1. How do you evaluate the relationship between Dr. Scott and Klausner? What did he do at Klausner’s bidding? Did he believe Klausner’s story?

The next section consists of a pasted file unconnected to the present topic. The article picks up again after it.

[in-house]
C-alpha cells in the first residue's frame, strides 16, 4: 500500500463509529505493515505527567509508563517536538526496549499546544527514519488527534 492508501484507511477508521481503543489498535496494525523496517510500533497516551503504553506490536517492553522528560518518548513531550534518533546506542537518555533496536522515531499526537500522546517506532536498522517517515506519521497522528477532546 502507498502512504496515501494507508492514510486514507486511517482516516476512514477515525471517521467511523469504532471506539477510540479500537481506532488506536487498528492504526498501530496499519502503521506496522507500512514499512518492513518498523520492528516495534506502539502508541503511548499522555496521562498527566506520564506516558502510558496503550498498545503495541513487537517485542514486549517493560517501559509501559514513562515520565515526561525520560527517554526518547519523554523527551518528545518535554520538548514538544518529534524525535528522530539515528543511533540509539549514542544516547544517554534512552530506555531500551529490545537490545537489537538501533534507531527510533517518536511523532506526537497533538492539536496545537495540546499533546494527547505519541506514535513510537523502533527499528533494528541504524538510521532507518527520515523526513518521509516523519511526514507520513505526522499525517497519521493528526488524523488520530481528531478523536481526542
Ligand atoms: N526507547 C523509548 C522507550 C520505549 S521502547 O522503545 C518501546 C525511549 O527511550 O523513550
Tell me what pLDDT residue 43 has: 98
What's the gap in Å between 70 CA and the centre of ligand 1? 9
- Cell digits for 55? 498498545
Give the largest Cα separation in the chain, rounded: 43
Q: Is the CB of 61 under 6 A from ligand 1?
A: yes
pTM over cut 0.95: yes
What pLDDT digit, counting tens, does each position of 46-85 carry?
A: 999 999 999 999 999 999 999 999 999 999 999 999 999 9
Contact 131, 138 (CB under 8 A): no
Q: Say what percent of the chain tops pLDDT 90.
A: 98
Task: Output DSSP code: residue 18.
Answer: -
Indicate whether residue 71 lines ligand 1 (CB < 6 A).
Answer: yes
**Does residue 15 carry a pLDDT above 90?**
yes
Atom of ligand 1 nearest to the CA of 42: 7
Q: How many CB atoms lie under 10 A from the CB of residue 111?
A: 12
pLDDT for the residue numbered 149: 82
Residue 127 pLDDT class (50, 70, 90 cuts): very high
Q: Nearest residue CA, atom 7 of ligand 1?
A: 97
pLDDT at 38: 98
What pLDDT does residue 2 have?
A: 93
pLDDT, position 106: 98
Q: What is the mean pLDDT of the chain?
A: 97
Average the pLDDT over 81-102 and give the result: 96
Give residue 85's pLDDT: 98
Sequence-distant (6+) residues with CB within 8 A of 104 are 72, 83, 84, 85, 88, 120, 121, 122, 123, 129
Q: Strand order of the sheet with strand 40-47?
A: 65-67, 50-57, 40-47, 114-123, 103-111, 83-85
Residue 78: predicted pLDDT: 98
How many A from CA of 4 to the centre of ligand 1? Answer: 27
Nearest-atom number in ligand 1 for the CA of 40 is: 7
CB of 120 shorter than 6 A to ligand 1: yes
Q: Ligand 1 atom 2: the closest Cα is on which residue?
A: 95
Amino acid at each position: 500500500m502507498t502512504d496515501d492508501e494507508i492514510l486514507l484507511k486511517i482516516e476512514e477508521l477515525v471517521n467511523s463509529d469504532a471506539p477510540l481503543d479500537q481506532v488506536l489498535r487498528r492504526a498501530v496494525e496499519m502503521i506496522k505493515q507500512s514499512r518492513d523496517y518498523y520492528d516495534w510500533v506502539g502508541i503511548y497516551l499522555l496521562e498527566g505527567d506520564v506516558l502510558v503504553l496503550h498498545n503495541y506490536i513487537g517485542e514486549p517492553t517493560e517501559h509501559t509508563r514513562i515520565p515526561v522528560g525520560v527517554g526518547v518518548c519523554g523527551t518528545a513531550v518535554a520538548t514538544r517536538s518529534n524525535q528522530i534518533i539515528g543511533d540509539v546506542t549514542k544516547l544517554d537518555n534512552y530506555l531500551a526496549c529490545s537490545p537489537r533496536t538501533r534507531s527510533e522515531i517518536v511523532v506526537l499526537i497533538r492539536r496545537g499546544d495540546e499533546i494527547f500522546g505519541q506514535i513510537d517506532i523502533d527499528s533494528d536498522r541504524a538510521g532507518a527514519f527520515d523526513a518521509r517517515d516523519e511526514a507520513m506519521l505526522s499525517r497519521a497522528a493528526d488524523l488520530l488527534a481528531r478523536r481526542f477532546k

Ans: Dr. Scott was Klausner’s friend and family physician. He visited Klausner to inquire about the condition of his throat when Klausner was working with his sound machine in a shed behind the garden. Dr. Scott was a friendly gentle man. He was inquisitive and cooperative. He asked Klausner about his sound machine. Though he was hesitant in the beginning Klausner explained everything to the doctor including his dream of listening to the in-audible sounds in nature. The doctor agreed with him in theory but doubted the possibility of listening to the high frequency sounds as Klausner proposed. He did not discourage Klausner. On the contrary he listened to his discourse attentively. He even expressed his desire to get to know the outcome of Klausner’s experiments. Klausner opened his mind only to the doctor. He trusted him and felt free to express his ideas with him. Klausner developed a deep friendship with Klausner. He continued his experiments until it was clear to him that the frightening screams he heard using his sound machine was the ‘throatless’ cries of the wounded plants. He took his machine to a park and struck the base of a beech tree with an axe. He heard an enormous, sobbing sound produced by the wounded tree. He wanted to share his findings with the doctor. He immediately called the doctor without any hesitation and asked him to come to the park at once. The doctor willingly obeyed. He then put the earphones into the doctor’s ears, asked him to listen attentively and struck the tree again with his axe. The very moment a huge branch broke from the tree and came crashing down. The doctor was a normal human being. He alarmed Klausner and ran in order to save his life. Both of them had a narrow escape but the machine was completely smashed by the broken branch. Klausner was anxious to know if the doctor had listened the screaming of the tree. But the doctor replied in the negative. He was more concerned about saving his life. So he did not bother to listen to anything when the branch came crashing down. Klausner was disappointed as the machine was smashed and the only person who could have supported his theory failed to listen to the cry of the tree. Klausner was a very sensitive person. He became even more sensitive after listening to the cries of the plants. He was extremely sorry for cutting the tree with his axe. He asked the doctor to stitch up the wound. The doctor replied that was not possible. Then he requested him to apply iodine to the wound he made on the tree trunk. The doctor willingly did what he was asked to do. He even promised to come and look at the tree the next day. It is evident from the story that the doctor did not believe Klausner’s story completely. Even Klausner had no idea of the painful screams of the plants until he heard the screams with his own ears. It seems that the doctor did not doubt Klausner’s story completely. He must have believed it if he could hear the cries at least once. It is evident from the story that the doctor was very inquisitive and he was beginning to believe Klausner’s theory. That is one of the reasons why he came immediately to the park as soon as Klausner called him. He considered Klausner’s behavior a bit strange but as he was a friendly gentle man he did not want to offend him. Even after the accident in which he had a narrow escape, he did not blame Klausner. Instead he chose to oblige to whatever Klausner had asked him to do. Their friendship remained strong even after the accidental smashing of the sound machine.